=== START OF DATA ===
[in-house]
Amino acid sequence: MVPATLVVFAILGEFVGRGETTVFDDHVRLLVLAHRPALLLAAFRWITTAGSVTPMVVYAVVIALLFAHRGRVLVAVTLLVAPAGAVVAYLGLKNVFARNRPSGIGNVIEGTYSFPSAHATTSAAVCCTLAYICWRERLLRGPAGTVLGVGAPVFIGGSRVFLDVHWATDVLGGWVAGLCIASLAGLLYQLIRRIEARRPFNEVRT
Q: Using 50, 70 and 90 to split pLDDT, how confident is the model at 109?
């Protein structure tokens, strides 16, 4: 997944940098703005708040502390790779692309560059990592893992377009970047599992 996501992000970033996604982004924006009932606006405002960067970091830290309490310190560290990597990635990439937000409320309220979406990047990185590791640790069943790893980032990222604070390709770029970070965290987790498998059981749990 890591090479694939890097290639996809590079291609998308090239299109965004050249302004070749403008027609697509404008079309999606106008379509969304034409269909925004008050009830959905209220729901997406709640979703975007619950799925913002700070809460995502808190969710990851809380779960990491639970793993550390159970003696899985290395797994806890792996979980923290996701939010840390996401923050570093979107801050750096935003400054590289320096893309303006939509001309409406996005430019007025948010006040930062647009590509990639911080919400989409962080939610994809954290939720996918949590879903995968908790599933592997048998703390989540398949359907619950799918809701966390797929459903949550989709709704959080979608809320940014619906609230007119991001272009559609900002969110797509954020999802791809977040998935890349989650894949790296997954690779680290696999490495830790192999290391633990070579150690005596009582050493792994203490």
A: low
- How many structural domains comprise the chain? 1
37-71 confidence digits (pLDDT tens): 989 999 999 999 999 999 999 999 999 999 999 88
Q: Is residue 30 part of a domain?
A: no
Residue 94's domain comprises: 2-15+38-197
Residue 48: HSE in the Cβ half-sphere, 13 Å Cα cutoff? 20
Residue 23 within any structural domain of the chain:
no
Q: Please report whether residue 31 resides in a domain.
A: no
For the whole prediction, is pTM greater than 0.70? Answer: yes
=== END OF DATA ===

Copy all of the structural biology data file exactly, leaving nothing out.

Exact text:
[in-house]
Amino acid sequence: MVPATLVVFAILGEFVGRGETTVFDDHVRLLVLAHRPALLLAAFRWITTAGSVTPMVVYAVVIALLFAHRGRVLVAVTLLVAPAGAVVAYLGLKNVFARNRPSGIGNVIEGTYSFPSAHATTSAAVCCTLAYICWRERLLRGPAGTVLGVGAPVFIGGSRVFLDVHWATDVLGGWVAGLCIASLAGLLYQLIRRIEARRPFNEVRT
Q: Using 50, 70 and 90 to split pLDDT, how confident is the model at 109?
């Protein structure tokens, strides 16, 4: 997944940098703005708040502390790779692309560059990592893992377009970047599992 996501992000970033996604982004924006009932606006405002960067970091830290309490310190560290990597990635990439937000409320309220979406990047990185590791640790069943790893980032990222604070390709770029970070965290987790498998059981749990 890591090479694939890097290639996809590079291609998308090239299109965004050249302004070749403008027609697509404008079309999606106008379509969304034409269909925004008050009830959905209220729901997406709640979703975007619950799925913002700070809460995502808190969710990851809380779960990491639970793993550390159970003696899985290395797994806890792996979980923290996701939010840390996401923050570093979107801050750096935003400054590289320096893309303006939509001309409406996005430019007025948010006040930062647009590509990639911080919400989409962080939610994809954290939720996918949590879903995968908790599933592997048998703390989540398949359907619950799918809701966390797929459903949550989709709704959080979608809320940014619906609230007119991001272009559609900002969110797509954020999802791809977040998935890349989650894949790296997954690779680290696999490495830790192999290391633990070579150690005596009582050493792994203490």
A: low
- How many structural domains comprise the chain? 1
37-71 confidence digits (pLDDT tens): 989 999 999 999 999 999 999 999 999 999 999 88
Q: Is residue 30 part of a domain?
A: no
Residue 94's domain comprises: 2-15+38-197
Residue 48: HSE in the Cβ half-sphere, 13 Å Cα cutoff? 20
Residue 23 within any structural domain of the chain:
no
Q: Please report whether residue 31 resides in a domain.
A: no
For the whole prediction, is pTM greater than 0.70? Answer: yes